With the completion of the new hangar at St. John’s International Airport in the coming weeks, Cougar Helicopters will have its own search and rescue (SAR) facility.
The hangar will house the already-available, dedicated SAR helicopter, providing a 24-7 service for Eastern Newfoundland and Labrador’s offshore oil projects. Two helicopters can be housed in the new “purpose-built” facility.
At any given time, the on-call Cougar SAR helicopter will have a wheels-up time of about 20 minutes, according to the operator. It will be 10 minutes faster than the current wheels-up of 30 minutes, as SAR equipment and personnel will be maintained at the hangar on standby.
SAR helicopters are specially equipped for ocean rescues — with a dual hoist and technology like forward-looking infared and night vision to help locate people in the water.
The SAR offering by Cougar for the offshore comes in response to the Offshore Helicopter Safety Inquiry, wherein Justice Robert Wells found, early in his work, a one-hour wheels-up time for helicopters involved in SAR response should be improved.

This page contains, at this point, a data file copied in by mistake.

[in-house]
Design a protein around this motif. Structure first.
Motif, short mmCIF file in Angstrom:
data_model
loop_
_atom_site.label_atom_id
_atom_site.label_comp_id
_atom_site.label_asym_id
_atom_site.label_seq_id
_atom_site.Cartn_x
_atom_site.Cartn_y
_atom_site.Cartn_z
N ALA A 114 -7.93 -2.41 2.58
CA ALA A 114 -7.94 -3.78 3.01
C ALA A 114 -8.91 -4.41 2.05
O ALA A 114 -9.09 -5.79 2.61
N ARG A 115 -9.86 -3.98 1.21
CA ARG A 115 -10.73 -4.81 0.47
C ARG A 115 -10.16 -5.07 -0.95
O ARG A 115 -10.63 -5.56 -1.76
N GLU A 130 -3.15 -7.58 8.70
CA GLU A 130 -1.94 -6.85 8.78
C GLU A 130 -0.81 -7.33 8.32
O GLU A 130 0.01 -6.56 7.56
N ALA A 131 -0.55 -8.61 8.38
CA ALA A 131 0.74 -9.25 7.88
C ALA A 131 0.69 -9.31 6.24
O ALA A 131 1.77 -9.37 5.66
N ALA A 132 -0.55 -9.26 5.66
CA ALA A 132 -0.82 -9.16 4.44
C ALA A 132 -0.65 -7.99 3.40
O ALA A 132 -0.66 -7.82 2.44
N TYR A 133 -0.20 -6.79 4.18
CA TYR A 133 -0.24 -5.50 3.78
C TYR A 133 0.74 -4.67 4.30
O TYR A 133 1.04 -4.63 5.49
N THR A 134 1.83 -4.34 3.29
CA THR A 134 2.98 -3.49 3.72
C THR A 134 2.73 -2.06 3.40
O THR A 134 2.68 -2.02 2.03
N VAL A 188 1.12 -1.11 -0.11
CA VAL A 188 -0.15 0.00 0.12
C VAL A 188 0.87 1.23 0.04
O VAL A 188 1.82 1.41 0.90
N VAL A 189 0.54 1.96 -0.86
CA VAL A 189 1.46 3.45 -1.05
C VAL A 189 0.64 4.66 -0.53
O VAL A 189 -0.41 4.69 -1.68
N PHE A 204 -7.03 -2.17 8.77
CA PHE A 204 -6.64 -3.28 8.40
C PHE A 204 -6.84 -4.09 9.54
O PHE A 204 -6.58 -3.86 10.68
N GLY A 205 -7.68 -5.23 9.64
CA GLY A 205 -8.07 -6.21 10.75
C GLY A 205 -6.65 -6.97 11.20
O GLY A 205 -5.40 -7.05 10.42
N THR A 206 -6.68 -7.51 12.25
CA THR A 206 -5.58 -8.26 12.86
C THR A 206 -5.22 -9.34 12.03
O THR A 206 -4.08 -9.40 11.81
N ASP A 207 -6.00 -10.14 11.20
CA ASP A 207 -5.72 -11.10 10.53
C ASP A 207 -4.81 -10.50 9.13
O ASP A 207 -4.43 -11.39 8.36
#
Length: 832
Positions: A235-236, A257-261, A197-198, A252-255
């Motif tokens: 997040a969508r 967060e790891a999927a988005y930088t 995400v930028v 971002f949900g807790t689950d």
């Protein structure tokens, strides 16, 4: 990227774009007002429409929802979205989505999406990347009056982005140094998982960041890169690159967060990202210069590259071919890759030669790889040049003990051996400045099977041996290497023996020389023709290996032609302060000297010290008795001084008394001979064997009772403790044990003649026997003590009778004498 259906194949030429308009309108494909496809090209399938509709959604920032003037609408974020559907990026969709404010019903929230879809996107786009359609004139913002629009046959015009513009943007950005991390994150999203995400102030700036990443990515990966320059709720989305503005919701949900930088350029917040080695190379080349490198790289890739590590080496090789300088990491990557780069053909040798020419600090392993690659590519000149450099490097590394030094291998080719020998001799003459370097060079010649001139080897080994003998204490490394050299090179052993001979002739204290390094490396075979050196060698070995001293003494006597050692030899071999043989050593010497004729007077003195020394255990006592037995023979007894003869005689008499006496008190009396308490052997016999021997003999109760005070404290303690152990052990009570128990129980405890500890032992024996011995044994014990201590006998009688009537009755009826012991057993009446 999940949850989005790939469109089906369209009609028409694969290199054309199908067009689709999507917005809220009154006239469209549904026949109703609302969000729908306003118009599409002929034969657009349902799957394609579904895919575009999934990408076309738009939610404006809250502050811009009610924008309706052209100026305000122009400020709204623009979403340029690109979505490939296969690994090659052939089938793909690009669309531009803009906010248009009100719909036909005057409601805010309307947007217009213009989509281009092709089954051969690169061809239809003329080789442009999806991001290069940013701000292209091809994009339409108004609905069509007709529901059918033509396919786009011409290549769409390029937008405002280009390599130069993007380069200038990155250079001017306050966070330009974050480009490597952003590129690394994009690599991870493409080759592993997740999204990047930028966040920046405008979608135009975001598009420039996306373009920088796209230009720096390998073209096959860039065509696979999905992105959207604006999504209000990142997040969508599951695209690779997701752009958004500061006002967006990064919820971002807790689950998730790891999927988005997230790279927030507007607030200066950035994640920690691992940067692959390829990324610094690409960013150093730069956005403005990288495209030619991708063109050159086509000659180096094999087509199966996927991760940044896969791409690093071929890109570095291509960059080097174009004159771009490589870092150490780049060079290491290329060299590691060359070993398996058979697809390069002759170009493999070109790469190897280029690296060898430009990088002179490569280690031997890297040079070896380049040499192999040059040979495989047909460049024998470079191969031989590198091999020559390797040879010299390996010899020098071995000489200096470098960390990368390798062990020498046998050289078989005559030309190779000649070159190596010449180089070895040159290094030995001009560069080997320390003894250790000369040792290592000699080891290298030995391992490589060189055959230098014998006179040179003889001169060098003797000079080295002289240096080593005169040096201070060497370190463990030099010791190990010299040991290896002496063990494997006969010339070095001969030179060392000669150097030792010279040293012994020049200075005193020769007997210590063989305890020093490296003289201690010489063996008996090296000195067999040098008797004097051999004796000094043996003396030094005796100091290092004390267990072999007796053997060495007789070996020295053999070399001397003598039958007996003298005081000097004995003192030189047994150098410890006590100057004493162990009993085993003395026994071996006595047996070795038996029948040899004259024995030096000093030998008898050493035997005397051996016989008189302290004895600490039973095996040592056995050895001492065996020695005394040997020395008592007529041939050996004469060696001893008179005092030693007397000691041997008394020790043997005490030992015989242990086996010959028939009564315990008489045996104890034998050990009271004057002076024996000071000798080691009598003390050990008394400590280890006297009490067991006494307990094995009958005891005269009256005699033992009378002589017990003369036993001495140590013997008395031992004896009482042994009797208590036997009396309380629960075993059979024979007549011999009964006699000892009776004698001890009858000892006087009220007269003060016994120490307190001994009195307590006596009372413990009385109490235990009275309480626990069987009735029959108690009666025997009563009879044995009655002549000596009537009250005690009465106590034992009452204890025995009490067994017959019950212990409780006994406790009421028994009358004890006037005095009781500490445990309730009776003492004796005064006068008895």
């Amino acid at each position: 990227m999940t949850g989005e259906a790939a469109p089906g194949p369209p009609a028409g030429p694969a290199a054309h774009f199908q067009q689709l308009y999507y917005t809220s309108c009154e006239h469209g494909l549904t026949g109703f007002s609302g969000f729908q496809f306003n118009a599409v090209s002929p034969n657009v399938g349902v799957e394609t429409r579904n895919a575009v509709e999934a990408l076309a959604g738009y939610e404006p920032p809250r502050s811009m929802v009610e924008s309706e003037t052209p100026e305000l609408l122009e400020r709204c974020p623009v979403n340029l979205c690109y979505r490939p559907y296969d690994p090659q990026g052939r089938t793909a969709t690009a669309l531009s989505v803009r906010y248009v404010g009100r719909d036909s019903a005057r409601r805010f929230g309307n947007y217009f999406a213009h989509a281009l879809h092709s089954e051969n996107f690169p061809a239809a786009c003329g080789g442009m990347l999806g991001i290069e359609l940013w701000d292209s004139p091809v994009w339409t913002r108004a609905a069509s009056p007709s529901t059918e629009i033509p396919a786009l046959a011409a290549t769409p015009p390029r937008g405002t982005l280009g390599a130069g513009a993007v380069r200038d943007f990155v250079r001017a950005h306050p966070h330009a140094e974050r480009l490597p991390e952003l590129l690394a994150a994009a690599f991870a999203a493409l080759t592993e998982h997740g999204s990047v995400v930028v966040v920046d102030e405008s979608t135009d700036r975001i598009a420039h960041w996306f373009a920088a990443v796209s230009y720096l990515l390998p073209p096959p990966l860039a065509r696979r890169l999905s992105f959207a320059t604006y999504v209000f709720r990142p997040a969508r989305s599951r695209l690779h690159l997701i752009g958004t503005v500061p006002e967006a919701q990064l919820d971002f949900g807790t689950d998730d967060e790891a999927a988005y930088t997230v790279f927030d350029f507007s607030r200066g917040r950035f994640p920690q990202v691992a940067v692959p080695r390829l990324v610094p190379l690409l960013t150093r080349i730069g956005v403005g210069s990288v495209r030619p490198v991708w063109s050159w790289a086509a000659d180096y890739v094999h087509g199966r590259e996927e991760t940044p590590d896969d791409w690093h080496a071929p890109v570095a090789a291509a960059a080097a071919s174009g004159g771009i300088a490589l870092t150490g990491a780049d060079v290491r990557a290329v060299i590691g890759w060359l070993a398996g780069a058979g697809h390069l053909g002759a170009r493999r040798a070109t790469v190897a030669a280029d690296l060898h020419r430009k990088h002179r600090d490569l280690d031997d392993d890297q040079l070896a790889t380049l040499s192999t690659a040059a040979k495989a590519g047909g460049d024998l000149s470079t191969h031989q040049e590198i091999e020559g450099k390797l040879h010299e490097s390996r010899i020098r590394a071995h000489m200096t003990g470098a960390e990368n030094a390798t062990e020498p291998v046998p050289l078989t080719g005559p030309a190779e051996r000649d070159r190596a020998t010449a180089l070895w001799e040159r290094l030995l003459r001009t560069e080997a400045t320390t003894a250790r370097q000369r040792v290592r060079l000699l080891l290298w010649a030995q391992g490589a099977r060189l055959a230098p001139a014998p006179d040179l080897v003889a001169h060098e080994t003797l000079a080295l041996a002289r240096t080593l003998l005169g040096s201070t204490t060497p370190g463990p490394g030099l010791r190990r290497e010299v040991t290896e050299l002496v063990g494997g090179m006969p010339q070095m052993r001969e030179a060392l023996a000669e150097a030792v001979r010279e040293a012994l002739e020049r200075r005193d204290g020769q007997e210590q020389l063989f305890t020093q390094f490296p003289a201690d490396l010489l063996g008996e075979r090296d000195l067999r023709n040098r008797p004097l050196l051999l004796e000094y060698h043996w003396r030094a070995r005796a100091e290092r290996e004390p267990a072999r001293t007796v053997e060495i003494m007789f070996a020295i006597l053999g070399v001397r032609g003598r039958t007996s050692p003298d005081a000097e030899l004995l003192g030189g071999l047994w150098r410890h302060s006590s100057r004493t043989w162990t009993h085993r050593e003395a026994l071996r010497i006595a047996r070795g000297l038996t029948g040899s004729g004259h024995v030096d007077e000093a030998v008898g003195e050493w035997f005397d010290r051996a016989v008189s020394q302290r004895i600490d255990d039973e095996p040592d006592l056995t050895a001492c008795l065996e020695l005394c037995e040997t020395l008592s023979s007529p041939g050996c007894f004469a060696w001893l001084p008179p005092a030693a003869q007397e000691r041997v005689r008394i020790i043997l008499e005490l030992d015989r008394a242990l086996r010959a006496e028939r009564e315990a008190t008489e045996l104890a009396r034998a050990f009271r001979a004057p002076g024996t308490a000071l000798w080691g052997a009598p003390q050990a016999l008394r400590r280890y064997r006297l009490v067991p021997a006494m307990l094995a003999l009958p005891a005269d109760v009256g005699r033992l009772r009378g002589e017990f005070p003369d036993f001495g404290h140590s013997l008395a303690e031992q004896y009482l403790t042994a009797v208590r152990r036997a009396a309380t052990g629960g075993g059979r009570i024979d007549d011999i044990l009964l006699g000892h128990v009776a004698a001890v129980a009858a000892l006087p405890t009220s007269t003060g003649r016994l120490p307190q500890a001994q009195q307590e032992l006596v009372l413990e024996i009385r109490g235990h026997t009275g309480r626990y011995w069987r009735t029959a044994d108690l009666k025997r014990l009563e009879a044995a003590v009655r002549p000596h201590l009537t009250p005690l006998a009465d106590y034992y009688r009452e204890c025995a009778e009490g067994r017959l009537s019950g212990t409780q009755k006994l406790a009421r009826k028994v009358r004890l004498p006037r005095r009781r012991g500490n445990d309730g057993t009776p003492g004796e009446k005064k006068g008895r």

The regulator for offshore oil projects, the Canada-Newfoundland Offshore Petroleum Board (CNLOPB), issued a directive to operators on Feb. 8, 2010 stating a faster response time could be achieved by having a fully equipped SAR helicopter on standby in St. John’s whenever there are worker flights.
“The effective ‘wheels up’ time for such a SAR helicopter must be 15-20 minutes, consistent with practices in other offshore oil and gas jurisdictions. At times when worker transportation is not being undertaken a ‘wheels up’ time of 45 minutes is acceptable,” it read.
This directive was re-stated by Wells in his final report.
NDP MP Ryan Cleary, who has been closely following development of Cougar’s SAR capabilities, has told The Telegram he feels a double-standard is emerging between the private and public SAR offerings — between response times offered in the oil and gas development area offshore Eastern Newfoundland and what is available for the rest of the province.
Cougar confirmed for The Telegram it has responded to calls from the Department of Defense/Halifax-based search and rescue co-ordinators, but the service has been developed for the private oil and gas industry contractors.
“Joint Rescue and Coordination Centre (JRCC) based in Nova Scotia have in the past tasked Cougar to respond to an emergency when 103 Gander was not available,” stated a spokeswoman for Cougar.
“In a life or death situation and if Cougar was not performing services for its customers in the oil and gas industry, in other words based on availability, Cougar Helicopters has responded.”
The Telegram has contacted the federal government for response to Cleary’s comments and will have the full story in tomorrow’s edition.